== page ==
Everyman Everyman (Literary Criticism (1400-1800))

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Introduction

(Literary Criticism (1400-1800))

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Everyman

English morality play, written circa 1495.

Everyman is considered the greatest example of the medieval morality play. Composed by an unknown author in the late fifteenth or early sixteenth century, the play was long judged to be of historical interest only. It was successfully revived on stage at the beginning of the twentieth century, however, and has since become the most frequently performed of the morality plays. It has earned praise and admiration for its profound moral message, which is conveyed with dignity tinged with gentle humor, and for its simple beauty and vivid characters.

Textual History

The text of Everyman survives in four early sixteenth-century editions: two complete printings by John Skot (or Scott) entitled Here begynneth a treatyse how the hye fader of heuen sendeth dethe to somon euery creature to come and gyue a counte of theyr lyues in this Worlde, and is in maner of a morall playe (The sumonyg of eueryman) (c. 1522-29 and c. 1525-30), and two redactions by Richard Pynson (c. 1510-25 and c. 1525-30), which are extant only in fragments. From these initial publications until the work's revival in the twentieth century, Everyman was considered little more than a literary artifact, and appeared only in collections of pre-Elizabethan drama that sought to catalogue England's literary history. Such anthologies include Thomas Hawkins's The Origin of the English Drama (1773) and W. Carew Hazlitt's edition of Robert Dodsley's A Select Collection of Old English Plays (1874). No separate editions appeared until after the play's twentieth-century revival. Since then, the work has been reprinted numerous times, including A. C. Cawley's highly regarded 1961 edition. In addition, the play has been adapted and translated into various languages; Hugo von Hofmannsthal's German adaptation Jedermann is particularly noteworthy, having achieved great popular success in performance at the 1911 Salzburg Festival.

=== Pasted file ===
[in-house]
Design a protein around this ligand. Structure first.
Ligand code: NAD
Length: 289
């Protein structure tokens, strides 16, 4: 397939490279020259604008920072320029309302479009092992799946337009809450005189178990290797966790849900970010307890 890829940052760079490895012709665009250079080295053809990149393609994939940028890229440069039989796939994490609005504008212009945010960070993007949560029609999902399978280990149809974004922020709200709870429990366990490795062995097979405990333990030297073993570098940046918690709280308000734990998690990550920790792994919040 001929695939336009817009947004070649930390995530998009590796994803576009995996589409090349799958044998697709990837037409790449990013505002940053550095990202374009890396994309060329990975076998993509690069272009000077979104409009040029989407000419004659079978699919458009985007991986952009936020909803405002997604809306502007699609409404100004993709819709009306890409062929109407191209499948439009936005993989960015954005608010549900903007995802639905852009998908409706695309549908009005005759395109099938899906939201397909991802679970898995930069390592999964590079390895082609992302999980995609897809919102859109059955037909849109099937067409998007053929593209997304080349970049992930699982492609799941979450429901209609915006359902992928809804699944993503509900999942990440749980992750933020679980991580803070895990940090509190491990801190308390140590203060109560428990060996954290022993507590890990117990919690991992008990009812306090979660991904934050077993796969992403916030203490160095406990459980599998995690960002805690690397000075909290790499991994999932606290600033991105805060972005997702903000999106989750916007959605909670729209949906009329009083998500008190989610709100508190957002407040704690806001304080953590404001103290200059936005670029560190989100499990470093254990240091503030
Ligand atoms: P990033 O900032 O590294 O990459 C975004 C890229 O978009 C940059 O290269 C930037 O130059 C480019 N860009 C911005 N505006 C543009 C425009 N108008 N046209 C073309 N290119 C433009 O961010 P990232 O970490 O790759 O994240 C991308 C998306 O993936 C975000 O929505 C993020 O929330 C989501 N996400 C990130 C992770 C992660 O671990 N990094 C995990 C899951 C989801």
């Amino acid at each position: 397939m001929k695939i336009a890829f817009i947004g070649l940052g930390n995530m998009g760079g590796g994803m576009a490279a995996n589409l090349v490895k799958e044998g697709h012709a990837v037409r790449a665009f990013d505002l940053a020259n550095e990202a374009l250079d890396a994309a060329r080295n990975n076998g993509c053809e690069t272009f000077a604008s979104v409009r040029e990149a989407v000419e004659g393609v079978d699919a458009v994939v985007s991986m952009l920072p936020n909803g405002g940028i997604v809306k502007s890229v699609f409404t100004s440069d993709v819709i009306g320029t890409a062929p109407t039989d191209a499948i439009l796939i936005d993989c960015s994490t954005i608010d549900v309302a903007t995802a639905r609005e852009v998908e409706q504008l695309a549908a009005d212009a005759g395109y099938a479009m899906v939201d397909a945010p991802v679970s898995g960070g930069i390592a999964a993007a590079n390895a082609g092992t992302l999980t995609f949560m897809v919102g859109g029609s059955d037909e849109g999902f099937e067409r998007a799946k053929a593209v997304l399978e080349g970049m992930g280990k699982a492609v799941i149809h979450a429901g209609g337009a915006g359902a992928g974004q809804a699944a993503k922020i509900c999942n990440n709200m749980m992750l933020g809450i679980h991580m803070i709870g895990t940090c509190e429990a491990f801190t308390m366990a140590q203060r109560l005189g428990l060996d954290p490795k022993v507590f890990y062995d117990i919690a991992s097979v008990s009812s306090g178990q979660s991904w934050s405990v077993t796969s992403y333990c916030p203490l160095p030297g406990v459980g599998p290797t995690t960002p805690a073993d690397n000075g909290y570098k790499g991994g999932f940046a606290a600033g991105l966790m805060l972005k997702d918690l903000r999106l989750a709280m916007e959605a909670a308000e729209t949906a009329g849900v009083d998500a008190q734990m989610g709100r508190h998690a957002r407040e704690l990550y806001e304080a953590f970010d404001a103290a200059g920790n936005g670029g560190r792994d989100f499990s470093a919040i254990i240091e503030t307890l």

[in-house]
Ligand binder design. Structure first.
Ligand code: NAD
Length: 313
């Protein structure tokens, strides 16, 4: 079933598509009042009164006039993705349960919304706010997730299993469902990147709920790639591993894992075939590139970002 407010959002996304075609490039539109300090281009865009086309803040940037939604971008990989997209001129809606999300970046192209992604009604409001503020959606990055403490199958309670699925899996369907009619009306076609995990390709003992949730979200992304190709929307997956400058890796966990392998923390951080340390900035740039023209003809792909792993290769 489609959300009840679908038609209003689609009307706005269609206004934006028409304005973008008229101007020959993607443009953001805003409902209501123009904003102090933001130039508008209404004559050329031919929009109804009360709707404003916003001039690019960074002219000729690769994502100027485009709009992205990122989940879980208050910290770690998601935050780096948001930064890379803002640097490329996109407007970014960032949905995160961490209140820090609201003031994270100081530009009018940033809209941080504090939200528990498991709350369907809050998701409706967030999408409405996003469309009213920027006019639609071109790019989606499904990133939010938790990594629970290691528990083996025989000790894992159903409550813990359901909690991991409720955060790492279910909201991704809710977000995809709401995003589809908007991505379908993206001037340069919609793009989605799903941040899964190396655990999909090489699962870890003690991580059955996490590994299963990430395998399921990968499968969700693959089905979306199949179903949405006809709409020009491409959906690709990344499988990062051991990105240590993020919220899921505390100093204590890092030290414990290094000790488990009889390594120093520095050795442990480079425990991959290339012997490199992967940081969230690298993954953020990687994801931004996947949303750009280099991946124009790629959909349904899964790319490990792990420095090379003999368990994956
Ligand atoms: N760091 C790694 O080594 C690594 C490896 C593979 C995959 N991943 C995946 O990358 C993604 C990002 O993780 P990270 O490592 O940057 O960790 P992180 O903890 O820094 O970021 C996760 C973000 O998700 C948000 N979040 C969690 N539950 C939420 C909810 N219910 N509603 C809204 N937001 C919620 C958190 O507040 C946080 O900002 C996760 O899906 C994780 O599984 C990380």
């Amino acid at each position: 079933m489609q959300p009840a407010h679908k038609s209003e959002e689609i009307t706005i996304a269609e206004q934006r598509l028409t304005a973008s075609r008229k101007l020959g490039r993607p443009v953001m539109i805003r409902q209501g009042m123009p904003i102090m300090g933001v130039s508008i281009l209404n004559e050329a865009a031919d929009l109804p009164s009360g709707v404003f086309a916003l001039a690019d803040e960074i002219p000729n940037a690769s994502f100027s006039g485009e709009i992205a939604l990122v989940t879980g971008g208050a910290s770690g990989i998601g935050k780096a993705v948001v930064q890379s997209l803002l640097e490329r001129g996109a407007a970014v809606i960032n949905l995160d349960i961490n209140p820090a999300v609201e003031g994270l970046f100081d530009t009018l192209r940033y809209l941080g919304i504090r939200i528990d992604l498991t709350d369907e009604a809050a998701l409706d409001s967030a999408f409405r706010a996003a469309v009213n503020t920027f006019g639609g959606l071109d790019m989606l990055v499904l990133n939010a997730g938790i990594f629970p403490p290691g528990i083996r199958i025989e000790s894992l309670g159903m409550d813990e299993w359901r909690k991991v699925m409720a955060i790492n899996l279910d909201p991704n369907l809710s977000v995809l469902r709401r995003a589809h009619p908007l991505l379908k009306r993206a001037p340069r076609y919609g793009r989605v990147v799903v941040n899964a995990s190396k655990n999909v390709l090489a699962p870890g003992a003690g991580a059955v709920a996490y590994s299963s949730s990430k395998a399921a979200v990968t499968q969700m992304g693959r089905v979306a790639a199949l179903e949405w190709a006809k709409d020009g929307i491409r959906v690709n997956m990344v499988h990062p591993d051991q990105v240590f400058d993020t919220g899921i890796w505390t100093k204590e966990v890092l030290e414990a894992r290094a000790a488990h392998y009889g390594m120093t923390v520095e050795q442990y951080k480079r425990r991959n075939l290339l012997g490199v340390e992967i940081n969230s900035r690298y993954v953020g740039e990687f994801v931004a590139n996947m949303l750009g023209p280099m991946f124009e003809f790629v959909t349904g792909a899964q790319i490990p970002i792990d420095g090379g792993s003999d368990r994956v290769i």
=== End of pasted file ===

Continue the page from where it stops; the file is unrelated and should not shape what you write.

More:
Plot and Major Characters

Everyman, like other morality plays, seeks to present a religious lesson through allegorical figures representing abstract characteristics. The play centers on the life of Everyman, a wealthy man in his prime who is suddenly called by Death to appear before God for judgment. On his journey to meet God, he seeks assistance from lifelong companions Fellowship (friends), Kindred and Cousin (family), and Goods (material wealth), but all abandon him. Because he has neglected her in life, Good-Deeds is too weak to accompany Everyman on his journey. She advises him to call on Knowledge (awareness of sin). Knowledge escorts Everyman to Confession, who directs him to do penance. In the process of Everyman's penance, Good-Deeds is strengthened and is finally able to accompany Everyman to his final reckoning. Everyman, now wearing the garment of Contrition, continues his journey—until now a quest for spiritual health, but increasingly showing the qualities of a pilgrimage—to salvation. Everyman, Knowledge, and Good-Deeds are joined on the journey by Beauty, Strength, Discretion, and Five Wits (the senses). After donating his wealth to charity, Everyman follows the advice of Knowledge and Five Wits and receives the sacraments of Communion and Extreme Unction. Meanwhile, Knowledge and Five Wits converse on the subject of corrupt priests in the church. Approaching his grave, Everyman is again deserted by all his companions except Knowledge and Good-Deeds. As the story closes, Knowledge remains behind as Everyman and Good-Deeds together descend into the grave.

Major Themes

The themes in Everyman are strongly reflected in the allegorical characters which populate the work. The work teaches ethical and religious lessons about how to please God and how to treat humanity. The work has been seen by some critics as a dramatic treatment of the medieval Catholic church doctrine of “Holy Dying,” whereby a person forsakes earthly attachments and prepares his or her soul for salvation, but episodes such as the discussion...

(The entire section is 82,695 words.)